Pannacotta is rich and unctuous. It’s like eating a bowl of delicious ice-cream that is at fridge temperature, not frozen. I like to serve pannacotta with a fruit compote. The acidity of the fruit works well with the cream. Serving a few biscuits alongside the pudding add a crunchy dimension to the dish.
1 vanilla pod
900ml/1 ½ pints double cream
50g/2oz caster sugar
3 gelatine leaves
1. Split the vanilla pod in half lengthways, scrape out the seeds and add them to a saucepan with 600ml/1 pint of cream and sugar. Heat the cream on a low heat, stirring until the sigar has completely dissolved. Turn t he heat up slightly and allow the cream to boil. Remove from the heat immedialtely.
2. Place the gelatine in a bowl and cover with cold water. Allow the gelatine to soften. Once the gel;atine is soft, remove it form the water and squeeze out the excess water.
3. Add the gelatine to the heated cream and whisk until it has all dissolved. Leave to cool but do not refrigerate.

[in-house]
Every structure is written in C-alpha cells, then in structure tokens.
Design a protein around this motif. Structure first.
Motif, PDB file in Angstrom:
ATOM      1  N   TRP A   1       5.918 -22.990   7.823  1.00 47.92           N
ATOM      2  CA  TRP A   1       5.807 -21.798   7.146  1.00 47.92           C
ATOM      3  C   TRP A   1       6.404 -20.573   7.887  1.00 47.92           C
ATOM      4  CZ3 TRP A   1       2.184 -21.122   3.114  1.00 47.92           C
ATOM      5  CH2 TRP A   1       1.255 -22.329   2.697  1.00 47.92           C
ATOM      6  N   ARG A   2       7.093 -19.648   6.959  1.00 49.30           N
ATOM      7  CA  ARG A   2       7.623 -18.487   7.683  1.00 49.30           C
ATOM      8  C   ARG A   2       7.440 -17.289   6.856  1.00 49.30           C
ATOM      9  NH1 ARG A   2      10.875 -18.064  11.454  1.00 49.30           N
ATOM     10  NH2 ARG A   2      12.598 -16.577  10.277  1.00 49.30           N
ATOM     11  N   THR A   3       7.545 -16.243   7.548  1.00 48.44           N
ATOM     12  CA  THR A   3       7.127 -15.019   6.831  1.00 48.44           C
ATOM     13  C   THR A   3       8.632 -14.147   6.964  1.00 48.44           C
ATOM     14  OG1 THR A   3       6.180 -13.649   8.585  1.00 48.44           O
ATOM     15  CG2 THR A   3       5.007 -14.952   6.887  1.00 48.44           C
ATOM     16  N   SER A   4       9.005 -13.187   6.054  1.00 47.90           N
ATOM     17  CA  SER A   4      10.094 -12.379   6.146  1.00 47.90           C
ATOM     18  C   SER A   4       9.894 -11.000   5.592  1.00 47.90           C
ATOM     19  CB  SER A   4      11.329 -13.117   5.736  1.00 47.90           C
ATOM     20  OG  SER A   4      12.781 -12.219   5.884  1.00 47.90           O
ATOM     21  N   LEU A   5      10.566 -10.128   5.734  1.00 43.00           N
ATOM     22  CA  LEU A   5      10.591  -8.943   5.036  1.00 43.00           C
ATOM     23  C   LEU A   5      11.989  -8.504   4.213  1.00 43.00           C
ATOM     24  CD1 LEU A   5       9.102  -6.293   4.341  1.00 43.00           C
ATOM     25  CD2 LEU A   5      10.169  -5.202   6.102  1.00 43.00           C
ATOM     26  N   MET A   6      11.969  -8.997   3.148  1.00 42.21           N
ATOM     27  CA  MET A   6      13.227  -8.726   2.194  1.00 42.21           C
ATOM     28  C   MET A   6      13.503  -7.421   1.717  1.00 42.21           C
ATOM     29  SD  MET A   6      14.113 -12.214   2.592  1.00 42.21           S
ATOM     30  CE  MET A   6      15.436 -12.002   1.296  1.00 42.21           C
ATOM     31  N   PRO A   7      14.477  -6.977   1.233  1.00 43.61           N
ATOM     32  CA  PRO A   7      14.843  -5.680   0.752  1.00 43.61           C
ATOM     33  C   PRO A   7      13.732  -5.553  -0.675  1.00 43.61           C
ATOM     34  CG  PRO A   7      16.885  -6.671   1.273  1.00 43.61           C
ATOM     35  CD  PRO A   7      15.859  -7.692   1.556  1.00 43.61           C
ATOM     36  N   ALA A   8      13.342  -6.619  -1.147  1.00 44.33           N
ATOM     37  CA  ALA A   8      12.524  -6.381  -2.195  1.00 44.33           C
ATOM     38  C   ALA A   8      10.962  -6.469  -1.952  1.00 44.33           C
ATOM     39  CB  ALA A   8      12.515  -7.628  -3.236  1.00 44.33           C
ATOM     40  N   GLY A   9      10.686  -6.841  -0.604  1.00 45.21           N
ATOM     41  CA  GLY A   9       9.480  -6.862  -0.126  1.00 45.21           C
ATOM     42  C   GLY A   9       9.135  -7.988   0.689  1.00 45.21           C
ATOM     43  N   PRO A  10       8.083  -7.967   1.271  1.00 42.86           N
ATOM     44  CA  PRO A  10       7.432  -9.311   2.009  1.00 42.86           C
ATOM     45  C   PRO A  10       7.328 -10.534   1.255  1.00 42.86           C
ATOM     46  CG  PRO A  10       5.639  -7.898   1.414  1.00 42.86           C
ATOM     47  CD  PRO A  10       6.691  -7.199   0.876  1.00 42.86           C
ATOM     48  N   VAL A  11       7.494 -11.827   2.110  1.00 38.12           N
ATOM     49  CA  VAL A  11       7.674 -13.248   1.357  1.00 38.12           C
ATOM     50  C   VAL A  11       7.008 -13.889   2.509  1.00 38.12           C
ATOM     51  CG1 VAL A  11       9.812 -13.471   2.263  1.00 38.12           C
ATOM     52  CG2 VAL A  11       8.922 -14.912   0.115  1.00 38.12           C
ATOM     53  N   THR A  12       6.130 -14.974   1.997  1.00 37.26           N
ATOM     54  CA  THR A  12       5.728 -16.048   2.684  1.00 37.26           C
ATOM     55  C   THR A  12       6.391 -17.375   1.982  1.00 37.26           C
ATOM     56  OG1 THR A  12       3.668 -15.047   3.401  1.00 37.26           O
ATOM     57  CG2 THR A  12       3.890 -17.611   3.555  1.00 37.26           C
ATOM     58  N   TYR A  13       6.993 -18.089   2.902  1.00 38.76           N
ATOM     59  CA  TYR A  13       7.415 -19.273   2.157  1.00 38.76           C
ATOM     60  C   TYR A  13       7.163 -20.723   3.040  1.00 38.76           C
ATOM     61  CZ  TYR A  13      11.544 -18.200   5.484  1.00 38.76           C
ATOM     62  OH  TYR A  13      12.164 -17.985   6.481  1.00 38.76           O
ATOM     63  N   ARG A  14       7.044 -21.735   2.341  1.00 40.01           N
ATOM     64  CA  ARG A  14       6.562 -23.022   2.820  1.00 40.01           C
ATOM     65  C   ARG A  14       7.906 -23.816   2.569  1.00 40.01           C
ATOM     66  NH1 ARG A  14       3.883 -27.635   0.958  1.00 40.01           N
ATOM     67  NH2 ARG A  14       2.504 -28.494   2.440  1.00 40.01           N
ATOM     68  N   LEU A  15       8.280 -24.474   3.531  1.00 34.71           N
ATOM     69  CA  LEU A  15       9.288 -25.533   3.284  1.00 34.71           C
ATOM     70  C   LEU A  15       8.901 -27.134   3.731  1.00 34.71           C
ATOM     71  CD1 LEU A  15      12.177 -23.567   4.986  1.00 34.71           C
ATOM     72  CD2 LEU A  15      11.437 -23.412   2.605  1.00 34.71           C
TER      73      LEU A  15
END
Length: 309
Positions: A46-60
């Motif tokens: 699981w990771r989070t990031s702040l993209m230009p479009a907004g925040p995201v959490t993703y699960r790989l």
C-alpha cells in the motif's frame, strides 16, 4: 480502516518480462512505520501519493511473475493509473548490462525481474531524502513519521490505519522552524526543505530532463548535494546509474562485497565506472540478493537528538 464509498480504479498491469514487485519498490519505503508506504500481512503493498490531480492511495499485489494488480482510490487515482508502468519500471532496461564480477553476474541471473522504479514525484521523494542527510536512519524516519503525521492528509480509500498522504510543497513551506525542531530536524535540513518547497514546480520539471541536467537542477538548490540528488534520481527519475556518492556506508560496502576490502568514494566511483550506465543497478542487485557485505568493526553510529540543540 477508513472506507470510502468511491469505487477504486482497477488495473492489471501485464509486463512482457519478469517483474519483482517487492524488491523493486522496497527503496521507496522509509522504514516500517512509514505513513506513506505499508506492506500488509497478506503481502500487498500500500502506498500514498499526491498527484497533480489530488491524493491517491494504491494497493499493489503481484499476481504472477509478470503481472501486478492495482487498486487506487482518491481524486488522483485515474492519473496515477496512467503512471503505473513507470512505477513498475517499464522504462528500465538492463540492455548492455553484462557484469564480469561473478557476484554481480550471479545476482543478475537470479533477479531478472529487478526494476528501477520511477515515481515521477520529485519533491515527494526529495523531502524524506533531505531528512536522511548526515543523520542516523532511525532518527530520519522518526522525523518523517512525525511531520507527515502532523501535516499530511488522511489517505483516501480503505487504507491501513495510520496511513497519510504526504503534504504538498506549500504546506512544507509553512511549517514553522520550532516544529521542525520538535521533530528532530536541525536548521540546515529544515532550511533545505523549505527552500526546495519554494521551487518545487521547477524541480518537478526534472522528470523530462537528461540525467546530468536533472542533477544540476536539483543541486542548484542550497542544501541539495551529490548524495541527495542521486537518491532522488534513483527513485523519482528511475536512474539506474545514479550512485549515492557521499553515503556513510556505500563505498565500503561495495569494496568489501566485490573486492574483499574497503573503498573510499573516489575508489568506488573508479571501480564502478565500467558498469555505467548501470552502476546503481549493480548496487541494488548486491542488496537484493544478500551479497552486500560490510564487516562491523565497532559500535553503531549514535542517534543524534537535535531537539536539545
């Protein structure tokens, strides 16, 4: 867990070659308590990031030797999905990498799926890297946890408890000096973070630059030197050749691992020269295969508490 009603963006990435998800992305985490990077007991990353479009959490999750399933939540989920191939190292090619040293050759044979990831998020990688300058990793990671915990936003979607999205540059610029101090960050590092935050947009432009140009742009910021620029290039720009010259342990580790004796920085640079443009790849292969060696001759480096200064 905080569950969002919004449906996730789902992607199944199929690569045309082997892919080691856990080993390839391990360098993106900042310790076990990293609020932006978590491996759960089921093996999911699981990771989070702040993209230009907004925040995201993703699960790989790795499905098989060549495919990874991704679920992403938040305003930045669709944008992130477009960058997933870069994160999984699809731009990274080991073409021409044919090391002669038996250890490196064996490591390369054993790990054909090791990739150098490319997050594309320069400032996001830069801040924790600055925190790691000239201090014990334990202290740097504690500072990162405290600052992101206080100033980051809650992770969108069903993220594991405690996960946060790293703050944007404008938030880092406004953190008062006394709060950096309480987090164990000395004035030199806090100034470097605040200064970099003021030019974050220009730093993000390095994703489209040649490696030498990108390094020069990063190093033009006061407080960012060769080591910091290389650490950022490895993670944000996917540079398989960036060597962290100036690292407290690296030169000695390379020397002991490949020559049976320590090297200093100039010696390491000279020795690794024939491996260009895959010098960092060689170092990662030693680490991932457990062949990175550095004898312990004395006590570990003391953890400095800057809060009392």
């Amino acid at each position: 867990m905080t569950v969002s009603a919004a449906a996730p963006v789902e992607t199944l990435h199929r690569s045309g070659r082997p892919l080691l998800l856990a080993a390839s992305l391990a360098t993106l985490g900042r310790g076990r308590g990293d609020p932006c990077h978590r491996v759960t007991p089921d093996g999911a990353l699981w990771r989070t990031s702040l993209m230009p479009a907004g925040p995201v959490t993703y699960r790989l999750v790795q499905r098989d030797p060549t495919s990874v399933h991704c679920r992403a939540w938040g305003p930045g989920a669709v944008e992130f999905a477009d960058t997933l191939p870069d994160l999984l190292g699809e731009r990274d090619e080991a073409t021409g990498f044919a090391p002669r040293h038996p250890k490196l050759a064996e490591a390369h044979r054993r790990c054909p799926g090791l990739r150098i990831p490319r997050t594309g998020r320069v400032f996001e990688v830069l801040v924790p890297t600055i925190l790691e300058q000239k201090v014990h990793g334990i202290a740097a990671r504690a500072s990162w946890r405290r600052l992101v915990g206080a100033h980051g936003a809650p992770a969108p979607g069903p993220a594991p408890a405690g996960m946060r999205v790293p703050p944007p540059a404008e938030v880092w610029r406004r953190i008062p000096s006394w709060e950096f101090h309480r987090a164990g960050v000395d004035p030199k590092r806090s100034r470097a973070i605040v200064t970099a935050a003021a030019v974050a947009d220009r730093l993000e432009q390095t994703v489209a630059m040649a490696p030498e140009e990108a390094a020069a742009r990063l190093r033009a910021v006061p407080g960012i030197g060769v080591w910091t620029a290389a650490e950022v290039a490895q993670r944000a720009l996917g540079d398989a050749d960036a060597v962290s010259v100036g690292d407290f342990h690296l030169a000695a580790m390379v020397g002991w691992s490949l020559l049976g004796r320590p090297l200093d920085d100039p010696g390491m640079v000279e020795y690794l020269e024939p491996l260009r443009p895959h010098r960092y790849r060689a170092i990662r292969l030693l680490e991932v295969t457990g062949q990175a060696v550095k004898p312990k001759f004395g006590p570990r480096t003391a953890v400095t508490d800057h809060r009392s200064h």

4. Whisk the remaining 300ml/10 floz cream until it forms soft peaks. Fold the whipped cream, into the cooled vanilla cream.
5. Pour the cream into greased moulds that hold 150ml/5floz of liquid (dariole moulds work the best). Leave to set in the fridge for at least 4 hours. You can make the pannacotta a day in advance.
Pour some boiling water into a bowl and dip the moulds into the water for a few seconds, taking care not to allow the water to flow into the pannacotta. Turn the pannacotta out onto a plate (ease them out with a knife to break the suction).
Surround the pannacotta with the fruit compote and add a few fresh berries to the top of the pudding. Serve with biscuits.